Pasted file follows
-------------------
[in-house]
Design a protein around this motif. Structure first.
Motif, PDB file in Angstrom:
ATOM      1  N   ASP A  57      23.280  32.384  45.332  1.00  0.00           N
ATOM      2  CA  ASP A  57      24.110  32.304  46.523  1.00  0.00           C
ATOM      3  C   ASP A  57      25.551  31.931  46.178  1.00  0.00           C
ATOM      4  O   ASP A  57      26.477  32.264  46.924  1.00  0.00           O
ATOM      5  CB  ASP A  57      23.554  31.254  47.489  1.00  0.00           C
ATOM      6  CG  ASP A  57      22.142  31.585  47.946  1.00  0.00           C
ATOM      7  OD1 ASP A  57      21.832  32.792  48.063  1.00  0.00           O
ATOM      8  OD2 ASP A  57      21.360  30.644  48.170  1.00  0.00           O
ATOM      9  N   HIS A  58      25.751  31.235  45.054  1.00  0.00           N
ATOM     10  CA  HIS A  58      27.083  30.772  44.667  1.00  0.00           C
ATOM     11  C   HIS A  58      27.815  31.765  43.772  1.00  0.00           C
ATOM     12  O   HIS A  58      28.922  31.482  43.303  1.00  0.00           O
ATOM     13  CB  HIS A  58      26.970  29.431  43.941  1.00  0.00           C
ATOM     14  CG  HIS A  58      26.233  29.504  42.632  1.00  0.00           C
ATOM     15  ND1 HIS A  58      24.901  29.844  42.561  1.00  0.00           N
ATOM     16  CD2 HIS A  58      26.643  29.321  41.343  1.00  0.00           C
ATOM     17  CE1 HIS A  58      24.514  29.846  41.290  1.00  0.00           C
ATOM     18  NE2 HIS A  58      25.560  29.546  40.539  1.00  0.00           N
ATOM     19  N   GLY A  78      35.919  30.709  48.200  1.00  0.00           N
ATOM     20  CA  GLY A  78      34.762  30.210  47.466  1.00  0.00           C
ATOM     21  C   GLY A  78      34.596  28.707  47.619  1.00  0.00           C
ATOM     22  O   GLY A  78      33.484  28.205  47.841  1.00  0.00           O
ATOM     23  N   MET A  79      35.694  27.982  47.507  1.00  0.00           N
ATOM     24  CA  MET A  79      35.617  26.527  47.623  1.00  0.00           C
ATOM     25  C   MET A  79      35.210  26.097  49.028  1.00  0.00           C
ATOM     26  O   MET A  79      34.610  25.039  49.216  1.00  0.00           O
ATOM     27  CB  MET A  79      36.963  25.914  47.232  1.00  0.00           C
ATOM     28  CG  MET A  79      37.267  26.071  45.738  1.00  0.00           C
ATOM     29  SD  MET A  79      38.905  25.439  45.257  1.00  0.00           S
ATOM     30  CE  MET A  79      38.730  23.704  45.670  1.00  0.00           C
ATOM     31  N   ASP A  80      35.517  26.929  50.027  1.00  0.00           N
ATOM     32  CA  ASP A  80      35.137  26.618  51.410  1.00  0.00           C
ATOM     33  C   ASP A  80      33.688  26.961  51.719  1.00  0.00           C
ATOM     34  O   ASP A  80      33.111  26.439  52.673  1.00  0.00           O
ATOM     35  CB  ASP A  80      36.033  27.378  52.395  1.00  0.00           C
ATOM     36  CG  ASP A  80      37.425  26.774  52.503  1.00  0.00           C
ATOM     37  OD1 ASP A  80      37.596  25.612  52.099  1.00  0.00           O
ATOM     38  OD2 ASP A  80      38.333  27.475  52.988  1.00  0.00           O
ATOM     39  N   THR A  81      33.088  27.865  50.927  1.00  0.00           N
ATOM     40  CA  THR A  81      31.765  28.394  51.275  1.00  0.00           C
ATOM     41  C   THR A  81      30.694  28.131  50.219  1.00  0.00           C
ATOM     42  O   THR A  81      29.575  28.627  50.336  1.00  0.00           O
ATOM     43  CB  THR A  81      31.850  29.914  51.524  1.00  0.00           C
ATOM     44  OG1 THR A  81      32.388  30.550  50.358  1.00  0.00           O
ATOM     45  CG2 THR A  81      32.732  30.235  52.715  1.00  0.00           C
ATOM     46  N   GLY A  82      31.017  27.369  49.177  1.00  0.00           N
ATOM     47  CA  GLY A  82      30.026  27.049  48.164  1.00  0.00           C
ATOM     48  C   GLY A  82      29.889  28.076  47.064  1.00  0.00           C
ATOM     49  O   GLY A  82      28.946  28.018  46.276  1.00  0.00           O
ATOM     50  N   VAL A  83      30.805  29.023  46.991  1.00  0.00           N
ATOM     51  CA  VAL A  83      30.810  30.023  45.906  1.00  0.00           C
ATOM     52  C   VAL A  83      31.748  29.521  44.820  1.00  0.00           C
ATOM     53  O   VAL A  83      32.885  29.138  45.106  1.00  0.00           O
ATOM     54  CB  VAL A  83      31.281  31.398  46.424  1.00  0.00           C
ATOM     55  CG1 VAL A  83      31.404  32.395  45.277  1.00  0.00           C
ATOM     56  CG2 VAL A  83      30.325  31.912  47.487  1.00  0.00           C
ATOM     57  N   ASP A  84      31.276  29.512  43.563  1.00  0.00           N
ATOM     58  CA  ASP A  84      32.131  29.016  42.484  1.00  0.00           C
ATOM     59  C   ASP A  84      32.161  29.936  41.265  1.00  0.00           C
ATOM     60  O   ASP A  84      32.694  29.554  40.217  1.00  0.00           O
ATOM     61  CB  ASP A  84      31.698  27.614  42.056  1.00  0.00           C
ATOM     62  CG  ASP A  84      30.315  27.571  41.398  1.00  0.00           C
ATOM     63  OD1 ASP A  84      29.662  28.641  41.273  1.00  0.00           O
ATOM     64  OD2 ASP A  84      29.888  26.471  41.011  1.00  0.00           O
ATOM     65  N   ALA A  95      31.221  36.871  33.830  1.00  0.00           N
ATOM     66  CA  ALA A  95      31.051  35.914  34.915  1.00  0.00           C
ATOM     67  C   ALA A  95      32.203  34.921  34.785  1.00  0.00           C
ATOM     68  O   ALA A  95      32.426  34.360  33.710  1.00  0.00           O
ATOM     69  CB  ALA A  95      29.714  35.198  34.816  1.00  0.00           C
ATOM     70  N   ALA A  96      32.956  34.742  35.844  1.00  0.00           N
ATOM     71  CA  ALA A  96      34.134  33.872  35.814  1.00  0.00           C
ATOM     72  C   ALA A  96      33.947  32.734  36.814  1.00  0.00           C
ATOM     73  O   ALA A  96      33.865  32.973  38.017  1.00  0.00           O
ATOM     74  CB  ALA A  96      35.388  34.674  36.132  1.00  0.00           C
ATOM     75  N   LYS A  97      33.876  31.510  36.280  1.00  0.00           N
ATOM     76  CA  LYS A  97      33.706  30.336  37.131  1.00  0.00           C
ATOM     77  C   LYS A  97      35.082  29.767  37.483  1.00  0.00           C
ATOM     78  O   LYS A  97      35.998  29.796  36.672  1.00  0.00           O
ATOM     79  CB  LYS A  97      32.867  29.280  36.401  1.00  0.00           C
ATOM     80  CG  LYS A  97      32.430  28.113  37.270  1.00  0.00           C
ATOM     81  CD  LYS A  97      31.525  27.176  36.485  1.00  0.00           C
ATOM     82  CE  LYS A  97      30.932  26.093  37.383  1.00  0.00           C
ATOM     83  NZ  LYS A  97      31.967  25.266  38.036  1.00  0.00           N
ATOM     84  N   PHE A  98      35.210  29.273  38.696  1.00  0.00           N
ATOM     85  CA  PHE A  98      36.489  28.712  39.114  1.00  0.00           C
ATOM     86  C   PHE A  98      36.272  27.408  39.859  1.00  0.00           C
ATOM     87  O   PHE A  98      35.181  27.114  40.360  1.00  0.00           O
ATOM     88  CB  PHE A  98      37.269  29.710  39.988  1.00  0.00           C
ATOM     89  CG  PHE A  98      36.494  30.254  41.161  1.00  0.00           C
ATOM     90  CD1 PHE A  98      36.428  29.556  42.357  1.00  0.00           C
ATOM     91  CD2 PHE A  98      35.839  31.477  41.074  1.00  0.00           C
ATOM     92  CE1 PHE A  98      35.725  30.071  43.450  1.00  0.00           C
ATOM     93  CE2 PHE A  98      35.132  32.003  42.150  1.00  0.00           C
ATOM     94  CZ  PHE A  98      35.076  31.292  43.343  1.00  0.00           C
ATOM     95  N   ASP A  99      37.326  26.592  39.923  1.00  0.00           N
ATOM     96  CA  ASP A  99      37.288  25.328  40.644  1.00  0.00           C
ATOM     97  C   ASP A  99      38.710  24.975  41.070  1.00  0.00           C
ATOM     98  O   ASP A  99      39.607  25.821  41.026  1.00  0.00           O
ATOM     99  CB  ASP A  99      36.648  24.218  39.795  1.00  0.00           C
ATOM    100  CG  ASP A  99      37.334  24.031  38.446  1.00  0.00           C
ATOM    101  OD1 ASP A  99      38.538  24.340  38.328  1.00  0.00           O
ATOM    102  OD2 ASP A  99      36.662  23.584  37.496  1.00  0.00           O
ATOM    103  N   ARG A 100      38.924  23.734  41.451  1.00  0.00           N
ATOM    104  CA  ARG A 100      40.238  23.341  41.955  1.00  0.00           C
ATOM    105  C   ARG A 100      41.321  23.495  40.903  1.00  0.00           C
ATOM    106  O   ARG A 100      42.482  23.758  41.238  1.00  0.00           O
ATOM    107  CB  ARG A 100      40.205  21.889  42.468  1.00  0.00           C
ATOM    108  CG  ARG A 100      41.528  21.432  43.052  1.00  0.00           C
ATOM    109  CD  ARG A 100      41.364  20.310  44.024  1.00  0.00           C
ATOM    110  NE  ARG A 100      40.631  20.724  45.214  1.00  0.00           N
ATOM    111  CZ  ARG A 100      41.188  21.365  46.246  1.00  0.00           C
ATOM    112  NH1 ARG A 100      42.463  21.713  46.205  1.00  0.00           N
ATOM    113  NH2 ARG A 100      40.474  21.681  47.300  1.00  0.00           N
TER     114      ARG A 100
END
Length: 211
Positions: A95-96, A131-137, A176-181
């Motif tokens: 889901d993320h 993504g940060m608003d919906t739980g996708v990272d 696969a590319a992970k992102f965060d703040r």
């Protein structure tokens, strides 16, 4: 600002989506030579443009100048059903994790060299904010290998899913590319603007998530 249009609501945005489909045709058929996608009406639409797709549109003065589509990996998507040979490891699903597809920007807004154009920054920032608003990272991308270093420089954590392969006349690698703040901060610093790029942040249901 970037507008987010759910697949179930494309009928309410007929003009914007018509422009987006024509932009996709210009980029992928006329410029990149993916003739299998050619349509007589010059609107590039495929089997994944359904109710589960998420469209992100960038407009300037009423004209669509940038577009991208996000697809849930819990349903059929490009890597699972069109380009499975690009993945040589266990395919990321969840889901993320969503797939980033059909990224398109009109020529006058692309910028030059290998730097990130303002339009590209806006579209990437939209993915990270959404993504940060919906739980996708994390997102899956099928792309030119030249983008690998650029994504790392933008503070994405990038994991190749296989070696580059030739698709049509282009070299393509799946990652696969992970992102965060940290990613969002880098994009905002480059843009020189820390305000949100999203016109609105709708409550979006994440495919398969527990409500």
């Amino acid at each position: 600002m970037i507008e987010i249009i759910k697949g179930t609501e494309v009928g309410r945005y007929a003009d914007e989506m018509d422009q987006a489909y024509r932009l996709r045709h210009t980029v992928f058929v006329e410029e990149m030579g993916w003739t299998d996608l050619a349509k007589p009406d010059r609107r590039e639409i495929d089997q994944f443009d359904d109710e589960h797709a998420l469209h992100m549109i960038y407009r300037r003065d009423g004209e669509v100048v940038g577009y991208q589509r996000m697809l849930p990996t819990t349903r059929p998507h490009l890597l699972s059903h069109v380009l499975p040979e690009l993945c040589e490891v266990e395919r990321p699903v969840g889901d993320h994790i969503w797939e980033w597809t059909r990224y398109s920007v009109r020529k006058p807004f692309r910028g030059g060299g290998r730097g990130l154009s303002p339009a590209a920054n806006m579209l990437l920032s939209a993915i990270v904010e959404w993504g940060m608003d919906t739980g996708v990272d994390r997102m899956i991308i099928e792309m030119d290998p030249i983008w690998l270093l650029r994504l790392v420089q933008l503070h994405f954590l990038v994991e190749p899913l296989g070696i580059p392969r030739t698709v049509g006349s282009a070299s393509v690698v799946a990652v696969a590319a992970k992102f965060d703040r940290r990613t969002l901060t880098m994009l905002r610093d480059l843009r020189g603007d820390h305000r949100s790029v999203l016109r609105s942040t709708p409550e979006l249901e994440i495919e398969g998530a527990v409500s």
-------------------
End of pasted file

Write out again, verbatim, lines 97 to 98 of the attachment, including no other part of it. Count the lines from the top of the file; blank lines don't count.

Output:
ATOM     94  CZ  PHE A  98      35.076  31.292  43.343  1.00  0.00           C
ATOM     95  N   ASP A  99      37.326  26.592  39.923  1.00  0.00           N